1945 to 1948 he was an economic analyst with the U.S. Treasury Department,
Washington, D. C. In 1948 he joined the faculty of the College of Business
Administration, University of Florida as assistant professor of finance. He
has served as associate professor, professor, and chairman of the Department
of Finance, Insurance and Real Estate. In 1976 he was appointed to the
position of associate dean, College of Business Administration and held that
post until he retired in March, 1982.

He has served on a number of college and university committees, as
faculty advisor to finance majors, to the student Finance Association, and to
Beta Gamma Sigma (Business Honorary). He has authored a number of
publications in the field of money and international finance. Florida Blue
Key presented him its Distinguished Faculty Award in 1981.

He is a member of the American Economic Association, the American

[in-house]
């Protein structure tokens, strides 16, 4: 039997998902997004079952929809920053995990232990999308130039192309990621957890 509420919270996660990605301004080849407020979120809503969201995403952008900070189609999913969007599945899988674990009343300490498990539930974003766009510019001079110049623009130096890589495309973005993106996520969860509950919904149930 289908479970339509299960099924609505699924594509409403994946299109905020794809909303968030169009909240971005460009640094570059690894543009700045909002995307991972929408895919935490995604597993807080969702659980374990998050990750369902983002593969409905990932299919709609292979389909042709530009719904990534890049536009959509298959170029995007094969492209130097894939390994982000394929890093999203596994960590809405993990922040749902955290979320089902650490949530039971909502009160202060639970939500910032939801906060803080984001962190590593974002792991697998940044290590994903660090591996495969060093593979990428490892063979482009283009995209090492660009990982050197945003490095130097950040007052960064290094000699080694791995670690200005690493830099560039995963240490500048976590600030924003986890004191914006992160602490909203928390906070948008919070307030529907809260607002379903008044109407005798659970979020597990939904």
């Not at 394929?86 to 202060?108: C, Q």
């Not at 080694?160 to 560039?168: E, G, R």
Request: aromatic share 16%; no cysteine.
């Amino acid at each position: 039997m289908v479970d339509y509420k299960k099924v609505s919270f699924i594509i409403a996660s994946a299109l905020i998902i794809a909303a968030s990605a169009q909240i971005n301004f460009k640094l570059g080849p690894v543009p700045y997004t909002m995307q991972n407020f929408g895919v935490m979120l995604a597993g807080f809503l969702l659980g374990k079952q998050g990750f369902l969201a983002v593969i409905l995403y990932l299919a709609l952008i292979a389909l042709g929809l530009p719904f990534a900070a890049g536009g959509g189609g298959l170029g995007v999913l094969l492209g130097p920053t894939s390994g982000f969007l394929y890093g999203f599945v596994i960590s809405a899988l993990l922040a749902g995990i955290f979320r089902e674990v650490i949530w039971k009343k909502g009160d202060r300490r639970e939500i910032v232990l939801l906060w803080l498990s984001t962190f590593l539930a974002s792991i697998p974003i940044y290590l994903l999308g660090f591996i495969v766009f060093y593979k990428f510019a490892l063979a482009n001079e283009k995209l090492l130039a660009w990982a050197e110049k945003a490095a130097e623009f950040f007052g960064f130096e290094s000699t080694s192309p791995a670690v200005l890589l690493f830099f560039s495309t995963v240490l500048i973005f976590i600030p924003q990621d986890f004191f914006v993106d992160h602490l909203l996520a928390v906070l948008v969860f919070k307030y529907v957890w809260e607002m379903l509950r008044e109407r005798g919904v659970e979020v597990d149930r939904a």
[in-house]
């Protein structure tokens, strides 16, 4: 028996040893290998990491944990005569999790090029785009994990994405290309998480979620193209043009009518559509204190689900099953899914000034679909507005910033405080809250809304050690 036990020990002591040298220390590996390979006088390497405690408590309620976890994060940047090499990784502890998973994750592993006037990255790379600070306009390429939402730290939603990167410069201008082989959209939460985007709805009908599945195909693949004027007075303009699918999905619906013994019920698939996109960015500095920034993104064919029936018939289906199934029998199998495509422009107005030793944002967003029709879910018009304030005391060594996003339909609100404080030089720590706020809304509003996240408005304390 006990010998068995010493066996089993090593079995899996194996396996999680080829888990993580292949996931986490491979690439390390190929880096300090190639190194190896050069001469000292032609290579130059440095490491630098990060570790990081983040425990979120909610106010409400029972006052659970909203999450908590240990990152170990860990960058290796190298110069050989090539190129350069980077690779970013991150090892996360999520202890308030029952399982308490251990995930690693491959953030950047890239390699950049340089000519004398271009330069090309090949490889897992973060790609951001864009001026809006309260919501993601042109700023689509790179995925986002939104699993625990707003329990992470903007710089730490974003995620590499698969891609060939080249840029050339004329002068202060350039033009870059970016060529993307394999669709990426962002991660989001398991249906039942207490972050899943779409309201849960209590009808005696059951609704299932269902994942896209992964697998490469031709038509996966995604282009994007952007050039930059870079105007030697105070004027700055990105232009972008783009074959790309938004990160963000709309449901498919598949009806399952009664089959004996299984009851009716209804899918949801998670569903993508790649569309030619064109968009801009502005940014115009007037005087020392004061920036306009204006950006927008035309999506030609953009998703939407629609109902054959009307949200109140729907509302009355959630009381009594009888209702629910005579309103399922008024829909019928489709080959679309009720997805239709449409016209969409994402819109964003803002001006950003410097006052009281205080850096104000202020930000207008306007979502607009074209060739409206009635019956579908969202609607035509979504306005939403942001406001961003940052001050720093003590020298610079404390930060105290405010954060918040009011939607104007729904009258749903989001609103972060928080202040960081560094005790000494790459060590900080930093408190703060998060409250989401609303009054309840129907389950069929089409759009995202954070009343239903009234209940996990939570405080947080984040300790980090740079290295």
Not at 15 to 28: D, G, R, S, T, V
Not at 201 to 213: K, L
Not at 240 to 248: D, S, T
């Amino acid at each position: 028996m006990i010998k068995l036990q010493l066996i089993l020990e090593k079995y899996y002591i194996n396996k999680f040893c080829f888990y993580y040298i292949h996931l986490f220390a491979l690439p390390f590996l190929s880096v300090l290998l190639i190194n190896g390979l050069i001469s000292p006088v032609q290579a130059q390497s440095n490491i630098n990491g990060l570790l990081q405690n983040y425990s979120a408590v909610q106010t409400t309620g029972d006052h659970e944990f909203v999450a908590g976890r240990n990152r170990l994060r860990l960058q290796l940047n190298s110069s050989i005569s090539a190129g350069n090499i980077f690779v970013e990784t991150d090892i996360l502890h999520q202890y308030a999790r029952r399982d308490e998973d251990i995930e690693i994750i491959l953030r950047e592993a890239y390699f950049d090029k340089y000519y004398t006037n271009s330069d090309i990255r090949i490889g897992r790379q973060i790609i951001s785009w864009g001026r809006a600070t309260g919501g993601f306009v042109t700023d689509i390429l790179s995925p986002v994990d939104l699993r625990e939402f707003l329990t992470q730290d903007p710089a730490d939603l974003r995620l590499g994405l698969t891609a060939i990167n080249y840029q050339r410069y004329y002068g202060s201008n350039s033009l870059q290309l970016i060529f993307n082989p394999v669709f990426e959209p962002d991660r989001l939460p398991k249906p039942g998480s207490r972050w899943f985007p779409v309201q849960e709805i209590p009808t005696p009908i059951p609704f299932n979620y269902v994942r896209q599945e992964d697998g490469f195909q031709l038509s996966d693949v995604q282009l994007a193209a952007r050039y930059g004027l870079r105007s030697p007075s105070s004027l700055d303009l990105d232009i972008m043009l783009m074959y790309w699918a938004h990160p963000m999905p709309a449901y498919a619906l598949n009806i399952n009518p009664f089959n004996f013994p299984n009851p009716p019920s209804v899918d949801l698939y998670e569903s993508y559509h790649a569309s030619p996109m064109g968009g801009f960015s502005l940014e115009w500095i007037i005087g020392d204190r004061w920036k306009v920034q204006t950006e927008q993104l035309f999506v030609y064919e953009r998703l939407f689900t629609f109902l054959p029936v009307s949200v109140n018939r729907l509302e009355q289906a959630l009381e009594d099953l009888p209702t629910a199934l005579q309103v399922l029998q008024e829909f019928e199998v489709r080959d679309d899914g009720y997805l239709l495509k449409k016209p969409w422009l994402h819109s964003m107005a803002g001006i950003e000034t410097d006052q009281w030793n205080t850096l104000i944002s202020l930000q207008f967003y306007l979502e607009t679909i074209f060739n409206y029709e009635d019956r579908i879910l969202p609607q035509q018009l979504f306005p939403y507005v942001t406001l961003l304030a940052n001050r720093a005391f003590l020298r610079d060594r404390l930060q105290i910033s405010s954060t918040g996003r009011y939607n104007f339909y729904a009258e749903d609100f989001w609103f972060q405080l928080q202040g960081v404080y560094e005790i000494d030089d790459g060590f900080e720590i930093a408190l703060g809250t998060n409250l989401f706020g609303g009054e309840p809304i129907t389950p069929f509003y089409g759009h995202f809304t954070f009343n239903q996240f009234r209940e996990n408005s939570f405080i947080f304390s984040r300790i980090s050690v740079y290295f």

Finance Association, the Financial Management Association, the Jacksonville
Financial Analyst Society, the Southern Economic Association and the Southern
Finance Association, serving as president in 1965-66 and as a member of the
Executive Committee from 1964-1967.

In 1972 he was appointed to the Citizen's Advisory Commission on
Banking, State of Florida. With Professor W. A. McCollough he prepared a
report: "Florida Banking: A Review and Projection To 1980", which served as
the basis for the Commission's recommendation concerning branch banking. He
has also served as consultant to the Florida Bankers Association on the
establishment of the Florida School of Banking and was Educational Director
of the School from 1969-1979. The Florida Bankers Association presented him
with its Distinguished Service Award in 1977.











P: [This is Sam Proctor, and] I am with Professor Charles Arnold Matthews of the
College of Business. This will be part of the project that we are doing on the Fisher
School of Accounting here at the University [of Florida]. Today is Friday, March 26,